A three-page document from Sens. Jim Inhofe and James Lankford’s staffs show three proposals for potential legislation to change how oil and gas regulation is performed in the Osage – and it doesn’t involve the Oklahoma Corporation Commission.
With no author attributed, the document titled, “Regulatory Challenges Facing Osage Oil and Gas Estate,” addresses federal trust responsibility, regulatory challenges, the Bureau of Indian Affairs and Osage Nation government participation in the regulatory process. For more than a year oil and gas mining has been nearly shut down due to conflicts between the BIA and oil producers on environmental regulations.
A staff member from Sen. Lankford’s office confirmed the proposal came from both senators’ offices on Sept. 8.
According to the three-page document, “The Senate delegation’s key desire is to improve the near-term and long-term regulatory environment for oil and gas development for the benefit of the head-right (sic) owners without jeopardizing the longstanding and appropriate trust relationship between the Federal Government and the Osage.”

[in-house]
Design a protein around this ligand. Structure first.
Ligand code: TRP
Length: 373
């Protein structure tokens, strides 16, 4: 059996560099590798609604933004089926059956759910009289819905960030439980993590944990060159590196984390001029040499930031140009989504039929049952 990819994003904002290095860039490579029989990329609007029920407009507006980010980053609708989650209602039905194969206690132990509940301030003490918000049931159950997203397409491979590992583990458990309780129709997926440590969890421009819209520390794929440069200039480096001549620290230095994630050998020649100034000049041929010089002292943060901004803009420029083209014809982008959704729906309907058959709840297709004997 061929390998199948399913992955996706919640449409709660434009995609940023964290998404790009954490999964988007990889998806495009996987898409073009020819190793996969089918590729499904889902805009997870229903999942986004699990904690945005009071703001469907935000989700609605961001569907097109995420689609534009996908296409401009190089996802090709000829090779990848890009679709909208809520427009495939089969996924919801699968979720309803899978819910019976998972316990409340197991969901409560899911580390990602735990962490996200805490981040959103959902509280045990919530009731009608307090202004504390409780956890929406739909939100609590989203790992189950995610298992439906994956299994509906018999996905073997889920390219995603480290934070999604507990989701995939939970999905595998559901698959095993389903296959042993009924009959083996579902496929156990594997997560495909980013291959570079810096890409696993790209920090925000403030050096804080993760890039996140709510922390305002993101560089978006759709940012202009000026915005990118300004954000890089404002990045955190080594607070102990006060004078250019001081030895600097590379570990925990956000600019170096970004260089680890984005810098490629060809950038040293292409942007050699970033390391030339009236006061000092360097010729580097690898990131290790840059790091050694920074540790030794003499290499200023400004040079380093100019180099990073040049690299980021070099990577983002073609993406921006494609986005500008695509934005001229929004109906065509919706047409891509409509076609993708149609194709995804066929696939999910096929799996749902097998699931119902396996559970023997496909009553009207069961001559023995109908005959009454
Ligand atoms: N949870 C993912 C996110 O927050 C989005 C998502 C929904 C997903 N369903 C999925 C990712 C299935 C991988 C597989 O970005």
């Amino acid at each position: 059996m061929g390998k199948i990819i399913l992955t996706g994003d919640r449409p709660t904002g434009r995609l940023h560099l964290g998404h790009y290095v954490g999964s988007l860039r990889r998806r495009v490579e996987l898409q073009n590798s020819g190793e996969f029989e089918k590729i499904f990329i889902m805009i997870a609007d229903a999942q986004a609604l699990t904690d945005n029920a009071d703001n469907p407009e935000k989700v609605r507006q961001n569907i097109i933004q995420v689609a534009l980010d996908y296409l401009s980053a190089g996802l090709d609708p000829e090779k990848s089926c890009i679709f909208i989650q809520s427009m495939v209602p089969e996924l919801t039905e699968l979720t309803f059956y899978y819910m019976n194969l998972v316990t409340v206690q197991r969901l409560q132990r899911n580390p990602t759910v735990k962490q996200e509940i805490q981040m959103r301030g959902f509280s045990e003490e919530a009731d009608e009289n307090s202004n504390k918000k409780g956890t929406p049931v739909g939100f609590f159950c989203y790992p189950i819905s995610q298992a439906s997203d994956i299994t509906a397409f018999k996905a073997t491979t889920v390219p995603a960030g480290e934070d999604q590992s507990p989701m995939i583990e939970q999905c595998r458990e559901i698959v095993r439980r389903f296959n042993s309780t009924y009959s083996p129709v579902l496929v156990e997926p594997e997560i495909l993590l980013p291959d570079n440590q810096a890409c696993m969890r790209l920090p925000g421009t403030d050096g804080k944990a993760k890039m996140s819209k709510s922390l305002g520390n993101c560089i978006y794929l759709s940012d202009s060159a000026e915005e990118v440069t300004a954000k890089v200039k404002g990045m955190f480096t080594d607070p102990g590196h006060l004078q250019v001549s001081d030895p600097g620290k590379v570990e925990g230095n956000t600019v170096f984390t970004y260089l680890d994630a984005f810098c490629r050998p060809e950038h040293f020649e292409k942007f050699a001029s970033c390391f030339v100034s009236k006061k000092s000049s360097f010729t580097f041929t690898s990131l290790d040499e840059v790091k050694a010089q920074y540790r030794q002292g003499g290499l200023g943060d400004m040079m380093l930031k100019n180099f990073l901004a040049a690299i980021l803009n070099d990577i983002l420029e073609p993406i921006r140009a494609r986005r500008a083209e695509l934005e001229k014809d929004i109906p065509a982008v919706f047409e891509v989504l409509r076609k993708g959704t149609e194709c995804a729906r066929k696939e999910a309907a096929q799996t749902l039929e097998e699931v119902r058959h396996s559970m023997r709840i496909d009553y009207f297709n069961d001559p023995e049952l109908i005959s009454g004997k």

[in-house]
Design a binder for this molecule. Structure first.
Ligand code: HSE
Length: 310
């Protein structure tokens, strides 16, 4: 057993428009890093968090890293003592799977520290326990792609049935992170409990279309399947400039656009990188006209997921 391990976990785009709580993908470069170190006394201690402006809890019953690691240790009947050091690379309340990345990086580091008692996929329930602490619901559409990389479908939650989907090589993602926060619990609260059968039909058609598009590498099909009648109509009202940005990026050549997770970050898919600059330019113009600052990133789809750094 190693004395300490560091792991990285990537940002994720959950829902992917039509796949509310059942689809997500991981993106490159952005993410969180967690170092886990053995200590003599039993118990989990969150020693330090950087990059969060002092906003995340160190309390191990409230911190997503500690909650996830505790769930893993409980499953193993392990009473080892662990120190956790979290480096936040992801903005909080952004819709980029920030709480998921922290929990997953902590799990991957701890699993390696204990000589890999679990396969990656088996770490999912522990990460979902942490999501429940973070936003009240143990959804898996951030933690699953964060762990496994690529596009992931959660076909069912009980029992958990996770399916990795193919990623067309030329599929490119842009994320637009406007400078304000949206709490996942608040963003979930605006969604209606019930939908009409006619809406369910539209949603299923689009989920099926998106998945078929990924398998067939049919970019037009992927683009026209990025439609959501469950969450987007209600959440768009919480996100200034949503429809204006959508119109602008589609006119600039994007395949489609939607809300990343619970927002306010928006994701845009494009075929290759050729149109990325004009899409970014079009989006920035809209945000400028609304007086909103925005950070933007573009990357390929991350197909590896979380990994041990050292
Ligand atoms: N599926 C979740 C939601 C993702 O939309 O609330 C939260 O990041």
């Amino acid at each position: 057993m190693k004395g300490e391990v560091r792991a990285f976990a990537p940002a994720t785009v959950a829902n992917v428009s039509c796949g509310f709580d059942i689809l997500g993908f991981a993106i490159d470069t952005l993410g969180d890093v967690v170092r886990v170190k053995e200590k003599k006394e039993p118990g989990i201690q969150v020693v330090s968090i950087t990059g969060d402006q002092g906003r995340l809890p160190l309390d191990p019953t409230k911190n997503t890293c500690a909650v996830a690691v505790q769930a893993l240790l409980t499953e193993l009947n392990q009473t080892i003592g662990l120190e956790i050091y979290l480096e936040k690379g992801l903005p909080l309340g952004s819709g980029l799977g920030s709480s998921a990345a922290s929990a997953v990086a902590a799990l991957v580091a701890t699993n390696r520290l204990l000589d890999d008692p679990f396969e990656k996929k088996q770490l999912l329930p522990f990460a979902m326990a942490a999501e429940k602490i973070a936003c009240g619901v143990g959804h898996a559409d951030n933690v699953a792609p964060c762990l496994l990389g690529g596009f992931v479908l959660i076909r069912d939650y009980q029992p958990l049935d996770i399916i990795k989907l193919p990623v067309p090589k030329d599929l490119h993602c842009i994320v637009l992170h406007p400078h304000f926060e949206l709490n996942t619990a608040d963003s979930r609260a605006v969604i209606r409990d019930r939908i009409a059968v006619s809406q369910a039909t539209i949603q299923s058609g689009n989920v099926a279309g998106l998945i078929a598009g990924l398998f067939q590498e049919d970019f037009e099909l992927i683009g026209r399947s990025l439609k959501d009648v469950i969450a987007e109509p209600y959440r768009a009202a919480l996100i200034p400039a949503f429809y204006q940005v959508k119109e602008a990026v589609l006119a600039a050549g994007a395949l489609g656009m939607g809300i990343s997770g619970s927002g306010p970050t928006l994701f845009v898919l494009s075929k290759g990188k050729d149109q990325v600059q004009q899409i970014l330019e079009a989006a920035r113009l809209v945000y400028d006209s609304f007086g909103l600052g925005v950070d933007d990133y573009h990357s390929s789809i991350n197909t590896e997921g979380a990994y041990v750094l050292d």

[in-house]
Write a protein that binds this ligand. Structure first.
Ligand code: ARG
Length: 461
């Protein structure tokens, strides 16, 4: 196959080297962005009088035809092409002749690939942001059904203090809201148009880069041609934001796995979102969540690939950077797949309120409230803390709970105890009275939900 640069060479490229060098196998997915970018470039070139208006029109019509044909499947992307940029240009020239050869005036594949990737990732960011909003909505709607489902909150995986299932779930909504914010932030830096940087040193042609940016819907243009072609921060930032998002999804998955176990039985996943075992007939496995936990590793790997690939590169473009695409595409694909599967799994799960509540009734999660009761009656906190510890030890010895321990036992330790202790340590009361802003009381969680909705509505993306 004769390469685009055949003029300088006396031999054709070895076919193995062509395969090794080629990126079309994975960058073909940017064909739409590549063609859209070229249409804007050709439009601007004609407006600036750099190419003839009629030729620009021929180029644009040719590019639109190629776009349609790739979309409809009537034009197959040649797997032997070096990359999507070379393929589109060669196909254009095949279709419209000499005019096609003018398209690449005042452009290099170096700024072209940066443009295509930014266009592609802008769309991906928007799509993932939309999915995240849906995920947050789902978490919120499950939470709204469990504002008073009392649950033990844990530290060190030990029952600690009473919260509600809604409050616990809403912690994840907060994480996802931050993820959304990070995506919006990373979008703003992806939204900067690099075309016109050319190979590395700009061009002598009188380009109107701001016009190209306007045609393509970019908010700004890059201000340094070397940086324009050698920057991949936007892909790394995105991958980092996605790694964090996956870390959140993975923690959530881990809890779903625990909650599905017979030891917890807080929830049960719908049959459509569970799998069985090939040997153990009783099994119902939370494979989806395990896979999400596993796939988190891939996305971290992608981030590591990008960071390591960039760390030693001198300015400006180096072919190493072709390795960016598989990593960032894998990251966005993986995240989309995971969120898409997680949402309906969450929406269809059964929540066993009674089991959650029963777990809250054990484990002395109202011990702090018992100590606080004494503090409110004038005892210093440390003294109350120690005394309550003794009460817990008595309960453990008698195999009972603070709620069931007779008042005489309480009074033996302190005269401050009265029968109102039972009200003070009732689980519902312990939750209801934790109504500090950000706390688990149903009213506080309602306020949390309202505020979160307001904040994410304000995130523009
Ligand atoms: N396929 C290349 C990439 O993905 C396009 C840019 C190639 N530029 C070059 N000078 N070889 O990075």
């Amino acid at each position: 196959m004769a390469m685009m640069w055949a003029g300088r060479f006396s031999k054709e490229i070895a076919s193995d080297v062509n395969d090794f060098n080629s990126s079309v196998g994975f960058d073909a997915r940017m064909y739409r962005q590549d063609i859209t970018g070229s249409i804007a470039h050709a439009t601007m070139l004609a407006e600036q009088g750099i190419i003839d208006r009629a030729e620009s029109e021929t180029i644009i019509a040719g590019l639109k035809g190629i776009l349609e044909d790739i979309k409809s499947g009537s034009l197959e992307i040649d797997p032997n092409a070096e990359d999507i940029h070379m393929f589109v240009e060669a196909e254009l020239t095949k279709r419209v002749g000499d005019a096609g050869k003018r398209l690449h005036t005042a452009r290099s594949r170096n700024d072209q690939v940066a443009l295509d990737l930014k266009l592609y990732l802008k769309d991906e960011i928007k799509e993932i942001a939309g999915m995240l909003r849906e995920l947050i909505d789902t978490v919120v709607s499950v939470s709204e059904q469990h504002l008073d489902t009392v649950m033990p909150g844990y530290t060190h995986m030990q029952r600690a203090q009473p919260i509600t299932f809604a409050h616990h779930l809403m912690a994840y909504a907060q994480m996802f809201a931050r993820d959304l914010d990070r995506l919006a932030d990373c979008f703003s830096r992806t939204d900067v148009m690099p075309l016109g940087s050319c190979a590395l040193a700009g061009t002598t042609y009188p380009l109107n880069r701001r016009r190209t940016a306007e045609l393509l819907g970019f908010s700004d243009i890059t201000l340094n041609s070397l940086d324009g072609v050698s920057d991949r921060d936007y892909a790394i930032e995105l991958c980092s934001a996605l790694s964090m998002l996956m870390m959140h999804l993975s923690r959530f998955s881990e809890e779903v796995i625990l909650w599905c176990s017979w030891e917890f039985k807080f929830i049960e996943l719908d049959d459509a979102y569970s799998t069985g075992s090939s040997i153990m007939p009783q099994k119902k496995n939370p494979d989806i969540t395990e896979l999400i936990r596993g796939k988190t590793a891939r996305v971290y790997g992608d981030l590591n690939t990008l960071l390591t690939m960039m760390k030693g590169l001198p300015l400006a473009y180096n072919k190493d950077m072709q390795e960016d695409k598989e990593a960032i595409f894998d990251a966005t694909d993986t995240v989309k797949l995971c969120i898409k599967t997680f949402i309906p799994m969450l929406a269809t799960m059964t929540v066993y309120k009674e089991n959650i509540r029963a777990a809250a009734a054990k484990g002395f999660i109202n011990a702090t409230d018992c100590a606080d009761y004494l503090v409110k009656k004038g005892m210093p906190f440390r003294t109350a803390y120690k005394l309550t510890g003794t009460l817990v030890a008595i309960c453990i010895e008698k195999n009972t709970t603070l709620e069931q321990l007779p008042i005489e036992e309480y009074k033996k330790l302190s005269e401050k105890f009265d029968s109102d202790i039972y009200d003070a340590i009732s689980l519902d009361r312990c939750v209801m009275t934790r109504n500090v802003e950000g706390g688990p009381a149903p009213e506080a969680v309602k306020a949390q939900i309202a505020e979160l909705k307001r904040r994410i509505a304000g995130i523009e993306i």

The only way to achieve this goal is through federal legislation, according to the document.
The three proposals include:
1) Elect a regulatory program established by the Osage Nation. The program would function in a TERA-like system and is subject to BIA approval.
2) Allow the Osage Minerals Council and Principal Chief Geoffrey Standing Bear to establish a second council with the sole responsibility of regulating oil and gas activities, with help from outside experts.
3) Allow the OMC to retain the BIA as the primary regulatory agency.
The document also notes the proposed legislation would require the BIA to file a report or legal opinion to “determine where current and appropriate lines are drawn for regulatory responsibilities between the federal and state governments on surface lands to clear up any confusion that presently exists.”
As far as the opinions from Principal Chief Geoffrey Standing Bear and the Third Osage Minerals Council on the proposal, Standing Bear and OMC Chairman Everett Waller could not be reached for comment. Minerals Councilwoman Cynthia Boone said she is aware of the proposal and will be discussing it at the OMC meeting Sept. 11, held in the minerals council chambers on the Osage Nation campus in Pawhuska.
“We’re going to do a resolution regarding all of these issues at our Minerals Council meeting this Friday,” Boone said.
[Editor's Note: This story was clarified on Sept. 9, 2015. The proposal did not suggest the BIA would be given more funding if the Osage Minerals Council chose to stay with the BIA.]